Harbor Me

by Jacqueline Woodson

“I want each of you to say to the other: I will harbor you.” Eleven-year-old... read more

“I want each of you to say to the other: I will harbor you.” Eleven-year-old Haley’s teacher, Ms. Laverne, challenges Haley and her classmates to be there for one another. But how do you become someone’s harbor? The final hour of school each week, Ms. Laverne leaves Haley and her five classmates alone to talk, trusting them to figure it out. As the kids spend time together over the course of the school year, they gradually reveal some of the hardest parts of their lives: A father who was picked up by immigration, fears about racism, bullying, housing and economic insecurity. Quiet Haley is hesitant to share her own, complicated story: Her father, who is white, is getting out of prison, where he’s been serving time for the accidental death of her mom, who was Black, in a car accident when she was three. She loves her dad, but isn’t sure about living with him, and can’t imagine daily life without the uncle who’s been raising her. Haley’s classmates often laugh and joke, but they also come to embody the meaning of refuge for one another: safety, security, relief. Woodson’s characters are vivid, lively, poignant, and relatable in a story that reveals hope in everyday connection and caring, and will be deeply resonant for young readers. (Ages 9–12)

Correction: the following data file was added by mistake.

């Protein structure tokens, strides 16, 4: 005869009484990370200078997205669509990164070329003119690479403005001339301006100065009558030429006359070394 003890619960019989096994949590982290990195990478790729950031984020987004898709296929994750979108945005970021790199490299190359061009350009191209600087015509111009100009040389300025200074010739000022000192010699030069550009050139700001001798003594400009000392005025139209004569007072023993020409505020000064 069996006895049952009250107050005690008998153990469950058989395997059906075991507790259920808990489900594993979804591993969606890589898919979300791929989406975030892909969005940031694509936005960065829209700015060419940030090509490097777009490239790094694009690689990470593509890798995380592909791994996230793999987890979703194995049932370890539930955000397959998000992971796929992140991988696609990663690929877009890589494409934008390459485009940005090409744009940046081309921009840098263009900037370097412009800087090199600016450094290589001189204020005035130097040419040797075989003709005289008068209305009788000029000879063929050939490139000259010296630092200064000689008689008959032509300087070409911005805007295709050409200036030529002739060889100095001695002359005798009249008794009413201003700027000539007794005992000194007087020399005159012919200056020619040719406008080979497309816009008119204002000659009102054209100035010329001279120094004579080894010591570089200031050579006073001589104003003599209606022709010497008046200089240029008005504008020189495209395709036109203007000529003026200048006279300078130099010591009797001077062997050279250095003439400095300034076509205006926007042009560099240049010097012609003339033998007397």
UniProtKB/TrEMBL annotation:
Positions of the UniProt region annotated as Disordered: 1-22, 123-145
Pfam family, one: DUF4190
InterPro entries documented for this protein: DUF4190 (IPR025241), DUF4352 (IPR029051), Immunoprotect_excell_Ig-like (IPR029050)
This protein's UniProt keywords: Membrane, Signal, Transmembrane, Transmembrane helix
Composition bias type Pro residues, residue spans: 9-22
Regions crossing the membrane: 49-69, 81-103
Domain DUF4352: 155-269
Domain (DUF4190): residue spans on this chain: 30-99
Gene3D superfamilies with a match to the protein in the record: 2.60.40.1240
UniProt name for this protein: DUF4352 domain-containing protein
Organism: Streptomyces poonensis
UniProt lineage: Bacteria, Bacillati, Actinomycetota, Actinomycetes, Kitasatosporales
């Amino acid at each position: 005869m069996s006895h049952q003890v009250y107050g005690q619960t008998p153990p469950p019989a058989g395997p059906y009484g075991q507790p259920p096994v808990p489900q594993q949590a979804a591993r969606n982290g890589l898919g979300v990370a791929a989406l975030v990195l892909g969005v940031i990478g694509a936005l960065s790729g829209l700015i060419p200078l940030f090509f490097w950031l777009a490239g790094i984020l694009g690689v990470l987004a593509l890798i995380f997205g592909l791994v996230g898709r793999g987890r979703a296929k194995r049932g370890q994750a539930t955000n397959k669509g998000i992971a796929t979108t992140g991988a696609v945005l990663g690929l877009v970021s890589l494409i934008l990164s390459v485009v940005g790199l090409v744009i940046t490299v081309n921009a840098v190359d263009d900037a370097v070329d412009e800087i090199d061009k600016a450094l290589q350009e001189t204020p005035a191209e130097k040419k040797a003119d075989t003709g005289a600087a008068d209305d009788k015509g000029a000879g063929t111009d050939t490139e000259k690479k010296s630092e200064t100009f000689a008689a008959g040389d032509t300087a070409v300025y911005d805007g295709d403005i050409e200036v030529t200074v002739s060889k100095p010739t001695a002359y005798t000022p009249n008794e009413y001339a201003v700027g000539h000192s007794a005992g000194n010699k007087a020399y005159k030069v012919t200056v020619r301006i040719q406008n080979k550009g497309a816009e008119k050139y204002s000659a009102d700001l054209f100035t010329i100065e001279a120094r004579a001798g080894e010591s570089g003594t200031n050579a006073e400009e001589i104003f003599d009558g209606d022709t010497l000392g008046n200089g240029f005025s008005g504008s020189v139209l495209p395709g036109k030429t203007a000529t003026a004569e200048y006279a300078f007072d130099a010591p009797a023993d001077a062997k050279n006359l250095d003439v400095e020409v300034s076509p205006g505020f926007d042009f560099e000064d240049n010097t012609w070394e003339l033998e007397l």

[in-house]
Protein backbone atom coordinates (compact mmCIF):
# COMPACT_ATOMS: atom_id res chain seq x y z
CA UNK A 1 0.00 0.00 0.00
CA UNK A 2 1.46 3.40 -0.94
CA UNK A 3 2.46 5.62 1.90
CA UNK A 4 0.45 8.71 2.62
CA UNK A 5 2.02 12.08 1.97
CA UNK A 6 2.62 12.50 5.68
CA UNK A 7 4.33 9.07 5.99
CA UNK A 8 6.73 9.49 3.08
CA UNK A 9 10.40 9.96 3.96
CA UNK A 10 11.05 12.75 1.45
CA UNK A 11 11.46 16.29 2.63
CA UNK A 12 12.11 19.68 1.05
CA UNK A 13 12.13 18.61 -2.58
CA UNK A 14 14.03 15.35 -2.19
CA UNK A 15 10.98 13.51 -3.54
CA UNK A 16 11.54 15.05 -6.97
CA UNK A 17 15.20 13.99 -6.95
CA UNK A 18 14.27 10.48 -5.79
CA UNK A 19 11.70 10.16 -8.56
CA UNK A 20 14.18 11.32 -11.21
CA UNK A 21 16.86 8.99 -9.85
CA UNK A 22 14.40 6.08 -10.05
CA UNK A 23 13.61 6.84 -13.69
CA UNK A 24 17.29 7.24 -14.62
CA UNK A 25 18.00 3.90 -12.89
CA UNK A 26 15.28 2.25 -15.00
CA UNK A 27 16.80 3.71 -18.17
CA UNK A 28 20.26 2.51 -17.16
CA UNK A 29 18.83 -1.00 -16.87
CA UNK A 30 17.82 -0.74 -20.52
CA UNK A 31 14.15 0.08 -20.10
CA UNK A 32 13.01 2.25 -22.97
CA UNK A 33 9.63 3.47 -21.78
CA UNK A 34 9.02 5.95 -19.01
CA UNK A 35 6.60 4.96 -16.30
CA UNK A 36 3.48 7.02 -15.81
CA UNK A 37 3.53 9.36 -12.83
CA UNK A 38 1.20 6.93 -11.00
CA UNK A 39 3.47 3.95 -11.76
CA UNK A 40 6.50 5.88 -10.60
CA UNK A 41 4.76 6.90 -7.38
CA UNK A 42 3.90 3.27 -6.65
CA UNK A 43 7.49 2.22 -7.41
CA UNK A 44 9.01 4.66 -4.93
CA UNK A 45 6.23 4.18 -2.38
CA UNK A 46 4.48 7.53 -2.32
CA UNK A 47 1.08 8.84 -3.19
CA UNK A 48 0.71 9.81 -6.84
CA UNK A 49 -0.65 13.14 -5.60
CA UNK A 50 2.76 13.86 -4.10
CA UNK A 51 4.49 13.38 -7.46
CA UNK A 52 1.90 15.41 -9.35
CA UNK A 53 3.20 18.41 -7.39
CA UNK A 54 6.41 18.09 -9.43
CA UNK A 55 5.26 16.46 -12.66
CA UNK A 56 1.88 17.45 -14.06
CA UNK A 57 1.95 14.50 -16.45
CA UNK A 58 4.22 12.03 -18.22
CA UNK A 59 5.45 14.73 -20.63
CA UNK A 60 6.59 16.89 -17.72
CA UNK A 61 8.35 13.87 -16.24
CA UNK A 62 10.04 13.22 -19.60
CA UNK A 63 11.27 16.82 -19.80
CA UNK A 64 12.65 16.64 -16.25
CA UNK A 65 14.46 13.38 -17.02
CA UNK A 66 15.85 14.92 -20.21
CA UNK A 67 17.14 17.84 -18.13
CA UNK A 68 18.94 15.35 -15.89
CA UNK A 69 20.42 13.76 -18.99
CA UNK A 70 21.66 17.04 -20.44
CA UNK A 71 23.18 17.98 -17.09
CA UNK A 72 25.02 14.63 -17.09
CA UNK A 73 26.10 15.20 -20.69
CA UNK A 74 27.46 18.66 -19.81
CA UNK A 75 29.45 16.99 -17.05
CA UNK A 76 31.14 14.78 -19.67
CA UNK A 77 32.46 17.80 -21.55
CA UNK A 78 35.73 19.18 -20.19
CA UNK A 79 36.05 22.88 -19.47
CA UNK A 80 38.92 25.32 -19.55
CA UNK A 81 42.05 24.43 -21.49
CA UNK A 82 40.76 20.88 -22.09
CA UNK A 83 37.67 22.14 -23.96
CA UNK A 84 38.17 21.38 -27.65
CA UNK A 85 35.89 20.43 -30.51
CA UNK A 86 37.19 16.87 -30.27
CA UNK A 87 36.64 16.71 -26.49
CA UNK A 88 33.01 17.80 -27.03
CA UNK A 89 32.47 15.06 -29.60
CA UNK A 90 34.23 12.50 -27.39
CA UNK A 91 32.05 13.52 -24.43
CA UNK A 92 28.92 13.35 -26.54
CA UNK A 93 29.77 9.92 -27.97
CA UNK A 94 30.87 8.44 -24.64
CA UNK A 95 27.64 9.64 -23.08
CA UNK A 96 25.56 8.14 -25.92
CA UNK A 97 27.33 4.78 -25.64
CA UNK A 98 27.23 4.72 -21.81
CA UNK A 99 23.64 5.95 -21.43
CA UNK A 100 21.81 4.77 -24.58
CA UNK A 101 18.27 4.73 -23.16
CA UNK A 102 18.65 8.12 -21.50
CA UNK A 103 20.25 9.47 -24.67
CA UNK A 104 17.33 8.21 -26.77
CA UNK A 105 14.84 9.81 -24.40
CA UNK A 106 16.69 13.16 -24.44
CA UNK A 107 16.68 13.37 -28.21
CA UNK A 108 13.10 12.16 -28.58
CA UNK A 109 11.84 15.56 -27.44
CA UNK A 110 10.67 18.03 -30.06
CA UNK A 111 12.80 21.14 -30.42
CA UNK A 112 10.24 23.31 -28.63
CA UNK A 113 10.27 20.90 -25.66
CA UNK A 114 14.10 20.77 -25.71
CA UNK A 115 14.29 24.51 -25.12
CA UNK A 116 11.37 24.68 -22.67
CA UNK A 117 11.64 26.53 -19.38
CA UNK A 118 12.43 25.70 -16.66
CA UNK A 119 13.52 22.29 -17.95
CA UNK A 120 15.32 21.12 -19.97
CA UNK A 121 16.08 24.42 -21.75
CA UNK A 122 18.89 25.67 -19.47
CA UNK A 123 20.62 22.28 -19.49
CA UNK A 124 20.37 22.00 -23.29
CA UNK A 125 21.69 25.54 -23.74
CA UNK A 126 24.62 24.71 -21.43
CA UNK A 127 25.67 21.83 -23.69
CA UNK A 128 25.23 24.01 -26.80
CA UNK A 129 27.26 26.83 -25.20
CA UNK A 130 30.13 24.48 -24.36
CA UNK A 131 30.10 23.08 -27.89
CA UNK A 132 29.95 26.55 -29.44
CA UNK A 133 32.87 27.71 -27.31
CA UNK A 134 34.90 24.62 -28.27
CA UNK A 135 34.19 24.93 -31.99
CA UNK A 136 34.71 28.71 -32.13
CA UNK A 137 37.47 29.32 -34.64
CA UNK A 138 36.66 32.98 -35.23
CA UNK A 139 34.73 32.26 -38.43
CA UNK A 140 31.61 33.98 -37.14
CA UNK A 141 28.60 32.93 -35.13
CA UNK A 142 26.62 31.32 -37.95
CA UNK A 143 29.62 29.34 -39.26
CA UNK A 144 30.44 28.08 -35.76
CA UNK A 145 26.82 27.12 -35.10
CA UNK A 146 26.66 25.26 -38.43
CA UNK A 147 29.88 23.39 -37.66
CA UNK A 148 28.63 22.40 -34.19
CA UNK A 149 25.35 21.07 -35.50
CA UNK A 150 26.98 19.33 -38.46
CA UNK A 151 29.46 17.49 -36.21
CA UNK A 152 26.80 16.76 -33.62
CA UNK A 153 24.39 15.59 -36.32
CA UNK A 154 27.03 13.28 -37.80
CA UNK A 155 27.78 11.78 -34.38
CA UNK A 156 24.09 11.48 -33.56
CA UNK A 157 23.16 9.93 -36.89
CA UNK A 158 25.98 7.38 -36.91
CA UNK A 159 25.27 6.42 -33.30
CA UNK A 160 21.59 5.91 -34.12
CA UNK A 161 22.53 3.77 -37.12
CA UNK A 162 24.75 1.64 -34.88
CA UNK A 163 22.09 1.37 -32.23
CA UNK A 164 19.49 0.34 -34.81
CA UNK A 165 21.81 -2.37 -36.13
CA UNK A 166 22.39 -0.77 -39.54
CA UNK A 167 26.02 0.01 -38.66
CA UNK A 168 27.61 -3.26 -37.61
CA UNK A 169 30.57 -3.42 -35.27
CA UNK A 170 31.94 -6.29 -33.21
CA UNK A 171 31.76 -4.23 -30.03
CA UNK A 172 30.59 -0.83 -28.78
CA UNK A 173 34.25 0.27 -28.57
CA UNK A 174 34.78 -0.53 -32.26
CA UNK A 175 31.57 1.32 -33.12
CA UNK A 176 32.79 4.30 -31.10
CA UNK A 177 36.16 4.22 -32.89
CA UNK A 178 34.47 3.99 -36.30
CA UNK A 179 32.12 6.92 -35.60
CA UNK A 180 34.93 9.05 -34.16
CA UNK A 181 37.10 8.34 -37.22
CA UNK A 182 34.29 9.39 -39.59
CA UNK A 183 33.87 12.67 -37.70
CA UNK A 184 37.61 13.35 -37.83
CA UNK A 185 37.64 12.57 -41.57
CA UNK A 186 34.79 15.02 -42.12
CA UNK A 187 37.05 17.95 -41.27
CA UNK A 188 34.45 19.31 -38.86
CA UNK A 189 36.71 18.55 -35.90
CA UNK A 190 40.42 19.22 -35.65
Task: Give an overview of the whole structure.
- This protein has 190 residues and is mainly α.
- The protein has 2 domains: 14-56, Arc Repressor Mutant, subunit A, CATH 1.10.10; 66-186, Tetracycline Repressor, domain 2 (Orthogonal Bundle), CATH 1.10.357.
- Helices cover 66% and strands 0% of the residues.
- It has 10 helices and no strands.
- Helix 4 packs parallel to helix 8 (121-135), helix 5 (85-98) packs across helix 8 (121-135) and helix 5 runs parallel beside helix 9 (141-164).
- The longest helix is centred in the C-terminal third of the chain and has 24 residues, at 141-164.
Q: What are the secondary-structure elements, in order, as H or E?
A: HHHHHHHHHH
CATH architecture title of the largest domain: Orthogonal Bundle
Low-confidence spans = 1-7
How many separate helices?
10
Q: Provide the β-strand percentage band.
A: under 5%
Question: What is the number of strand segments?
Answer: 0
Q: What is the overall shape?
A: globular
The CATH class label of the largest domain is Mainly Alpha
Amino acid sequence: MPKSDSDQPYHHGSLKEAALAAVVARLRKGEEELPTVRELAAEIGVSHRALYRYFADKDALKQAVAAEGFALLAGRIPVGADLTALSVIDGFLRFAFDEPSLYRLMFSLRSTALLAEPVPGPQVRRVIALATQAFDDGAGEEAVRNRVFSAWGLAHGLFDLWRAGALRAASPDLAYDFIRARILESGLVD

© Cooperative Children's Book Center, Univ. of Wisconsin - Madison, 2019

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